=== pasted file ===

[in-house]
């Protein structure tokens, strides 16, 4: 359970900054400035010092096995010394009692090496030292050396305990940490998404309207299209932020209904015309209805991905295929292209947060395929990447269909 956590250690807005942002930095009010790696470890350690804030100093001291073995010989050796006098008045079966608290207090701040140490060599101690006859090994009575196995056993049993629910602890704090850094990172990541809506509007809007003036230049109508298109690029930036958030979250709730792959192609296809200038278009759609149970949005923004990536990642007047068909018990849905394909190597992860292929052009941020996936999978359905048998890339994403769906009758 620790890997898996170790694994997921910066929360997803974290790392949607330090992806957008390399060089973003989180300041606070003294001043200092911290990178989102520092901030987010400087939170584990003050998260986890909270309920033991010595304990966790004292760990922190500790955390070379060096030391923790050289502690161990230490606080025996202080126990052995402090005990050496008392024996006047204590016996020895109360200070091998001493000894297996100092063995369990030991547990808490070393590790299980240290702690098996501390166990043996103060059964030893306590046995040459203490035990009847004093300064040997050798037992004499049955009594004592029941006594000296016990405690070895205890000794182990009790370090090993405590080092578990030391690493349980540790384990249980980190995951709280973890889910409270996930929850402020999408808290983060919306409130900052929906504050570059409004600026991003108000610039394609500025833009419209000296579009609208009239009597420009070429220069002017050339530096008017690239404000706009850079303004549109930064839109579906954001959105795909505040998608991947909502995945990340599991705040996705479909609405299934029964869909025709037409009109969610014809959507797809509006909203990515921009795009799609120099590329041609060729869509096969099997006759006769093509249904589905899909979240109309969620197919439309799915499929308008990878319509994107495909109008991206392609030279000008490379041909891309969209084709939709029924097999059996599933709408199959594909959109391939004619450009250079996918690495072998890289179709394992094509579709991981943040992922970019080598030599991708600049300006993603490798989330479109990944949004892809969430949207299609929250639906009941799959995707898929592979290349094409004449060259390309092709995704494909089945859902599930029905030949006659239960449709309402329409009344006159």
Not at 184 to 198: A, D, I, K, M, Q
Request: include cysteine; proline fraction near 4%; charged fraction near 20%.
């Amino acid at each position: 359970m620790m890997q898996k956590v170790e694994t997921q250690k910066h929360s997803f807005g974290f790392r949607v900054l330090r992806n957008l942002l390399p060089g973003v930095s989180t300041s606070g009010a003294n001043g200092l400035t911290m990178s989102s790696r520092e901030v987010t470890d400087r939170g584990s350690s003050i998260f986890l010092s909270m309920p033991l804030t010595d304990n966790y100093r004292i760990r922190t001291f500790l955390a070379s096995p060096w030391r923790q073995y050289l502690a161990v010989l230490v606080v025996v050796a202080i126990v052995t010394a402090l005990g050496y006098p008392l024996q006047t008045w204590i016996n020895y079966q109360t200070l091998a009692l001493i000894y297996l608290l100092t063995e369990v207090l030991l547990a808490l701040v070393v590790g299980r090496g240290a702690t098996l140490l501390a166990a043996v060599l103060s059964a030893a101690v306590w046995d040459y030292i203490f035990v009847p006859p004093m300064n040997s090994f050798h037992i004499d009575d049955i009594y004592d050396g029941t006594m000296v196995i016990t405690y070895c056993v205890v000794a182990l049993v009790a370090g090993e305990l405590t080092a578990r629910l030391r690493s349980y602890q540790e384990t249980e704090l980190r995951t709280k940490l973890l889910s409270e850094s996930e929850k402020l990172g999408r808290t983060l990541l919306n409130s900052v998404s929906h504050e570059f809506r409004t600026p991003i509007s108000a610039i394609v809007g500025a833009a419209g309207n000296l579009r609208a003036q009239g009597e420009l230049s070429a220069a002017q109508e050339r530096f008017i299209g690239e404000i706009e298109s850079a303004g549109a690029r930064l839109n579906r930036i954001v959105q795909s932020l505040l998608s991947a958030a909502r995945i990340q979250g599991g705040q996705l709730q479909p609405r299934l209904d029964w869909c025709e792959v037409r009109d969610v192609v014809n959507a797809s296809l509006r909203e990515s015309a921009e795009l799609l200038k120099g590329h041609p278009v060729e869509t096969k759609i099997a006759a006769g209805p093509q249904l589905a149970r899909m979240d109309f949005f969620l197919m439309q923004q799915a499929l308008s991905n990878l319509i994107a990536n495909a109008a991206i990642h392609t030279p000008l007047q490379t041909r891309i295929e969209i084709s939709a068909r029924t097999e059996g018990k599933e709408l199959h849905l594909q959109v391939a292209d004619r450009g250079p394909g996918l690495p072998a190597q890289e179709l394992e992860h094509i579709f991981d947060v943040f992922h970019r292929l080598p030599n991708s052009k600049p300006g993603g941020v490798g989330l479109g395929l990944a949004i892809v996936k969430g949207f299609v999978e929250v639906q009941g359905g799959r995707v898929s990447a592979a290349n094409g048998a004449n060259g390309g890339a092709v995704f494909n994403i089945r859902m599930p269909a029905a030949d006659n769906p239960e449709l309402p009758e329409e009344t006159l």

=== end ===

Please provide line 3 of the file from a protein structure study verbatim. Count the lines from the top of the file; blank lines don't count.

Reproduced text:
Not at 184 to 198: A, D, I, K, M, Q